The approach of individual African countries towards protection of the environment varies enormously. Some countries have impressive legislation in place while others are lagging behind. In all countries, however there are serious shortfalls in funding and human capacity to implement programs to protect the environment. In most African countries, the environmental laws and standards are much lower than accepted international norms.
When evaluating the impact of Chinese FDI on the environment in Africa, it is important to put it in the context of global FDI entering Africa. China provides a relatively modest amount of the global FDI that has gone to Africa so far. According to Chinese official figures, the cumulative FDI figure at the end of 2012 was just over $21 billion. The actual amount may be twice that figure. By comparison, however, at the end of 2012, American companies had cumulative FDI in Africa of more than $61 billion.
Like most global FDI in Africa, Chinese FDI is concentrated in sectors of the economy that are especially vulnerable to environmental concerns such as energy, mining, fishing, and forestry. Chinese companies have invested in mines that are sometimes located in ecologically fragile areas where there is a higher risk of environmental degradation. They also often generate greenhouse gases, solid and liquid waste, including hazardous products such as cyanide and mercury.
Chinese fishing vessels have been criticized for worsening food insecurity among Africans because they catch small species that are the main source of food and income for small-scale African fishermen.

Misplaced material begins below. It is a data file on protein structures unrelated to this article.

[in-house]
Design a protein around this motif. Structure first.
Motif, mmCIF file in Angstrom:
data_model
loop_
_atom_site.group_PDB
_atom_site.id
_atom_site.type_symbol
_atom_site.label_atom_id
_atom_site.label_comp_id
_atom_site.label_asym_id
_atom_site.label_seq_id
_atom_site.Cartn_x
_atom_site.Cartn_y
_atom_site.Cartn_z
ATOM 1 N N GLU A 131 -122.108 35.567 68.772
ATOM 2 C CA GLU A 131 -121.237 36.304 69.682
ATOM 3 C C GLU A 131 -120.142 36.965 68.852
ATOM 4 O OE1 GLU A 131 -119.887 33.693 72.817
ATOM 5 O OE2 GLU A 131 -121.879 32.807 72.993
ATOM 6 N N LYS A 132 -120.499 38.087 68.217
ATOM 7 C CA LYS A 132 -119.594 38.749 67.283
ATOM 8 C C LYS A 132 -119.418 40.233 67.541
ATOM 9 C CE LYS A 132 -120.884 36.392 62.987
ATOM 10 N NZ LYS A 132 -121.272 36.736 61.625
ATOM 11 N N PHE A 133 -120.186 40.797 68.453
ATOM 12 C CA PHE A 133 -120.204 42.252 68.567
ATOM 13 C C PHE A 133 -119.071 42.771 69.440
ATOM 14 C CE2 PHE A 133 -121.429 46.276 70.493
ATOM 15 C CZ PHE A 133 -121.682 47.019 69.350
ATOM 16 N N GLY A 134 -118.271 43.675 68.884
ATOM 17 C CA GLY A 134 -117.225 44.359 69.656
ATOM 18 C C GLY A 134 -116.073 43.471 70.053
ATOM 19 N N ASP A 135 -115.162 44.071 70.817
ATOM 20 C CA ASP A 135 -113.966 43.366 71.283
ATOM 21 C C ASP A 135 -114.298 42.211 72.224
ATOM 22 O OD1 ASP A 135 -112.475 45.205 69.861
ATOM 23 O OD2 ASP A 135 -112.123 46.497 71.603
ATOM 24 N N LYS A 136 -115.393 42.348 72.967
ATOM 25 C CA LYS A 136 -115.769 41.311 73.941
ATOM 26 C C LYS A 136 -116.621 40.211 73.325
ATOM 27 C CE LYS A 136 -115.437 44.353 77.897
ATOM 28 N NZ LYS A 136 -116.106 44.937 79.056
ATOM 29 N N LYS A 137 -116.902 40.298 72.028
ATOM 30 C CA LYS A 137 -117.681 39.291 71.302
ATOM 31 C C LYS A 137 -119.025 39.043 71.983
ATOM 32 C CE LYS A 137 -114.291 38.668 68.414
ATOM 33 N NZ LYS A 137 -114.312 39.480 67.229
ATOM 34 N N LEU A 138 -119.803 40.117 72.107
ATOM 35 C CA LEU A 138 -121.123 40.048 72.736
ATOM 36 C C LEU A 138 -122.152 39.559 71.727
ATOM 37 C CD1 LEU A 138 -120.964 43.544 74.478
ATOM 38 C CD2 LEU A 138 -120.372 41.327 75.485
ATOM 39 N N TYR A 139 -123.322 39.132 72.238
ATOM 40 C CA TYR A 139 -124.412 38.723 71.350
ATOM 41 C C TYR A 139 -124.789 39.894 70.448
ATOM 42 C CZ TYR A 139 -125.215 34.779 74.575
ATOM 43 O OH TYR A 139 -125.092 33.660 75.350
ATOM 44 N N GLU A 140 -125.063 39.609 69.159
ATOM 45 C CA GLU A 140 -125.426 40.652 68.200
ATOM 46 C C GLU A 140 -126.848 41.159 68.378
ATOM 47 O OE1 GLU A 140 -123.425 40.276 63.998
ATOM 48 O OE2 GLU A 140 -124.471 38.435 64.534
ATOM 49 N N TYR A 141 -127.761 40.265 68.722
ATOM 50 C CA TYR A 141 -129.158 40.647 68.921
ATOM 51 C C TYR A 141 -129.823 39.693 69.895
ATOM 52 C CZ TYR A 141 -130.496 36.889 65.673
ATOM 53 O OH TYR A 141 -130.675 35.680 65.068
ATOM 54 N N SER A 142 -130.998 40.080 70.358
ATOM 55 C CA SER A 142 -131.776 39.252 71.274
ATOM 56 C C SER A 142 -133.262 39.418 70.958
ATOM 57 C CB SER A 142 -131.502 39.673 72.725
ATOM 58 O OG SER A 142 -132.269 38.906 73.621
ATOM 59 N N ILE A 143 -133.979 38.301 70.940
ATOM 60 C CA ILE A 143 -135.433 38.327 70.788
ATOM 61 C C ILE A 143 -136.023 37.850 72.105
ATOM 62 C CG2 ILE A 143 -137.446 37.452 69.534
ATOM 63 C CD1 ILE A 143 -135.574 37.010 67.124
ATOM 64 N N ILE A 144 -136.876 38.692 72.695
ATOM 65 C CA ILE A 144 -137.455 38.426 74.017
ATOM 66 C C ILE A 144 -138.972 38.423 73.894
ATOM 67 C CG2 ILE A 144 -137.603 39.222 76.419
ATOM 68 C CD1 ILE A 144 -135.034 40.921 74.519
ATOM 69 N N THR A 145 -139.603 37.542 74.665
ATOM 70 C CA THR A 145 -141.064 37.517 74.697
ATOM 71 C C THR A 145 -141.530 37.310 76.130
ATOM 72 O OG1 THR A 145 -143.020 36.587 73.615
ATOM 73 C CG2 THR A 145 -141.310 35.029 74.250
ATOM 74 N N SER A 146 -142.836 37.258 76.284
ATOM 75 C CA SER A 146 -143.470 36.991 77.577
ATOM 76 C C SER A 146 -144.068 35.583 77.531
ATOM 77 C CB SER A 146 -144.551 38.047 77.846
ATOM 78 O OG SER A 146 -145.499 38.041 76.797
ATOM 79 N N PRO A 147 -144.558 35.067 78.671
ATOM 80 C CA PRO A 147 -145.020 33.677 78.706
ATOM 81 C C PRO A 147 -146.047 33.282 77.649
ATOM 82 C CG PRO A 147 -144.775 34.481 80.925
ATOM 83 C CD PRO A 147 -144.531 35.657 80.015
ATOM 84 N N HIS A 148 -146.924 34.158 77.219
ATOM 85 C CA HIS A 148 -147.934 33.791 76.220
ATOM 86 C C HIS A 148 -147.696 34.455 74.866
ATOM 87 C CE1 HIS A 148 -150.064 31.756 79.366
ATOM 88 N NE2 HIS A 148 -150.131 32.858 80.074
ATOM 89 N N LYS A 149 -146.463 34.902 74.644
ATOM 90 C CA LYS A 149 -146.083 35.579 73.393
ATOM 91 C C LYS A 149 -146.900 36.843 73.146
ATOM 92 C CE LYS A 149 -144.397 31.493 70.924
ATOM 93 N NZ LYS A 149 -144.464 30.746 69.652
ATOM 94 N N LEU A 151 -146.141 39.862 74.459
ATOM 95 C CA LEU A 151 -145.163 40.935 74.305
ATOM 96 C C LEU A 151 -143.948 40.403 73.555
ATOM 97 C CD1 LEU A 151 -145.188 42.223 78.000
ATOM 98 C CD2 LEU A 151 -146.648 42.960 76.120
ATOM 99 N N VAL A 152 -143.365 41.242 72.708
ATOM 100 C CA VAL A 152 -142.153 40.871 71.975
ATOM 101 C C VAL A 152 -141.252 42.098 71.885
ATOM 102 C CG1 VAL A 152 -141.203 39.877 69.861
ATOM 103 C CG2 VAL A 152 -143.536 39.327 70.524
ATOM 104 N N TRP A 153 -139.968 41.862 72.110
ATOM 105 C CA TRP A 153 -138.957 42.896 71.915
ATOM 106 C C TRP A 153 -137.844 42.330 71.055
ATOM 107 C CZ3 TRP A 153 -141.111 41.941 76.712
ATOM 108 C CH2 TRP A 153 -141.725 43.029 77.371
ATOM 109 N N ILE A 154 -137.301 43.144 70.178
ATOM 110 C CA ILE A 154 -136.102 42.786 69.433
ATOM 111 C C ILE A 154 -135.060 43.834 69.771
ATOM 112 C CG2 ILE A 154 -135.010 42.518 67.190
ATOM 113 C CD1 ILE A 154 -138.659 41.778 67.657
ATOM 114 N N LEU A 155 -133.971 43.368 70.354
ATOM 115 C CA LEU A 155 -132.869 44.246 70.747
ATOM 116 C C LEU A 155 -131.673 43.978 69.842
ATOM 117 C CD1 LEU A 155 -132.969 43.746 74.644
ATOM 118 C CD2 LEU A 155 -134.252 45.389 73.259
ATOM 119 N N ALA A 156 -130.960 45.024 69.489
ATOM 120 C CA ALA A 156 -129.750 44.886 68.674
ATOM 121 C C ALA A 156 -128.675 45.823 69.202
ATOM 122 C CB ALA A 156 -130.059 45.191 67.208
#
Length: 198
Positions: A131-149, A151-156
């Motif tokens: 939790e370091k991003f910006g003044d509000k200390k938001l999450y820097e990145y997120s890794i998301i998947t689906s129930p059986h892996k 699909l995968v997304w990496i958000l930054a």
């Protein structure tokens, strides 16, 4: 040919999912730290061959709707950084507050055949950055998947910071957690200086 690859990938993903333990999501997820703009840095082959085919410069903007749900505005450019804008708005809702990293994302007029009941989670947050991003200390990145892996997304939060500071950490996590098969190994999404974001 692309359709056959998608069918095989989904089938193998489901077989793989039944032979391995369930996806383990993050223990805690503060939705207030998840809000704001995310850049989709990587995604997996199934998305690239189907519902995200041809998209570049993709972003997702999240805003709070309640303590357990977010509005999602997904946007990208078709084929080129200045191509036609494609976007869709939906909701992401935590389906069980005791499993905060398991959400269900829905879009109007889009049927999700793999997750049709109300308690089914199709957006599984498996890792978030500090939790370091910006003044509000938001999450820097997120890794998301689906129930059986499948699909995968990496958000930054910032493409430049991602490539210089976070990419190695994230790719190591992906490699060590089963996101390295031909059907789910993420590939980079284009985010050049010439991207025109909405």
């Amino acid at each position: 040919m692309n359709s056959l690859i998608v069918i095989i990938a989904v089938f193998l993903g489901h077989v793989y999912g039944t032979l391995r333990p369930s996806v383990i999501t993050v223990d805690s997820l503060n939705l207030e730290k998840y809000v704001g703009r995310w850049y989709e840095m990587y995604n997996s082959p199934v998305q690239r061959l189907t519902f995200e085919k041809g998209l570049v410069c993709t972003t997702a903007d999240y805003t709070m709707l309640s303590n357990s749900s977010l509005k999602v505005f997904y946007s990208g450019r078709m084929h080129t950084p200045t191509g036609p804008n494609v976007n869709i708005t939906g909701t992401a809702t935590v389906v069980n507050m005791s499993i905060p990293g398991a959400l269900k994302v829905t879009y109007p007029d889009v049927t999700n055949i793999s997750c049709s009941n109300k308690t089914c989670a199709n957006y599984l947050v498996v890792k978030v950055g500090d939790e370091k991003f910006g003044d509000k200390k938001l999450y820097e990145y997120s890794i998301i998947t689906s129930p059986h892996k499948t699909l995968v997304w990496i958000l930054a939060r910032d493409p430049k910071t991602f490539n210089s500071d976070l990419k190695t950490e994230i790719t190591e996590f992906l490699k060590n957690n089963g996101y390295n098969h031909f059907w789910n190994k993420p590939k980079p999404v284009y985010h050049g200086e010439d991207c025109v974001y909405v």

China is the largest importer of Africa’s tropical wood. While much of this activity constitutes only trade, some of it involves FDI by Chinese logging and timber trading companies. Chinese companies have a tendency to violate local forestry laws together with African counterparts. The illegal practices include abuse of permits and concession licenses, bribery, operating without management plans, under-reporting export volume, smuggling raw logs, and harvesting and transporting undesignated species.
The government of China is sensitive to criticism of its companies in the forestry sector. In 2009, the State Forestry Administration and Ministry of Commerce issued voluntary guidelines which encourage Chinese companies to manage, utilize, and protect overseas forests in order to play a positive role in sustainable development of global forest resources.
The environmental issue for which China has attracted the most criticism is the importation of products taken from African endangered species, especially elephant ivory and rhino horn. Most of this activity falls, however, in the category of illegal trade and not FDI.
Another controversial activity from the standpoint of environmental implications is the construction of dams in Africa, but these are done as commercial contracts and not as FDI. While they may have negative environmental implications, they provide clean power. China has also become a leader in wind and solar power that have minimal environmental downsides. Africa is a small but growing market for these Chinese exports.
There is widespread agreement that Chinese companies, more than Western companies, need to improve their environmental practices as they invest in Africa. Several case studies illustrate the point.
The China National Petroleum Corporation has a 40 percent stake in the umbrella organization that developed the oil fields in Sudan and South Sudan. Seismic surveying created hundreds of kilometers of bulldozed tracks, destroying farmland and increasing deforestation. Road construction disrupted water flows, which damaged irrigation systems and forced the evacuation of several communities. The most damaging impact has been the discharge of contaminated “produced water” from oil reservoirs and the improper disposal of drilling mud and other waste. Sudanese government officials were more interested in advancing the oil industry than enforcing environmental laws.